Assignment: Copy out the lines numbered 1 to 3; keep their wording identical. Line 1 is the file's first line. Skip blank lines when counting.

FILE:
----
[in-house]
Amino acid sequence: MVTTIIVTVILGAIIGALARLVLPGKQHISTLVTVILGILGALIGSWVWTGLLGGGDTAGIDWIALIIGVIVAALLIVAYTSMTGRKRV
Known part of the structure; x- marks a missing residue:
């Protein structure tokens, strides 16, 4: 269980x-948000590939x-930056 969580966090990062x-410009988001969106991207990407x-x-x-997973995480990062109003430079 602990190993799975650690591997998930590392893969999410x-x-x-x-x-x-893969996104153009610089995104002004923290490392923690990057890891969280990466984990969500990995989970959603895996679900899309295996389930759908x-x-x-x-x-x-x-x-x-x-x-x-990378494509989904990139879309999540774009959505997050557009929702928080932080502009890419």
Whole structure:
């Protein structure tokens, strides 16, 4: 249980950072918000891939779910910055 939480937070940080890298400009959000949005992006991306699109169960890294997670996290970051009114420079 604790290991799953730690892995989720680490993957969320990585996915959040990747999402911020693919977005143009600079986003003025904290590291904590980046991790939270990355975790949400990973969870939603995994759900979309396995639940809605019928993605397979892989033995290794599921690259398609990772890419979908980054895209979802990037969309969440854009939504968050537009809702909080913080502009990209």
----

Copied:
[in-house]
Amino acid sequence: MVTTIIVTVILGAIIGALARLVLPGKQHISTLVTVILGILGALIGSWVWTGLLGGGDTAGIDWIALIIGVIVAALLIVAYTSMTGRKRV
Known part of the structure; x- marks a missing residue: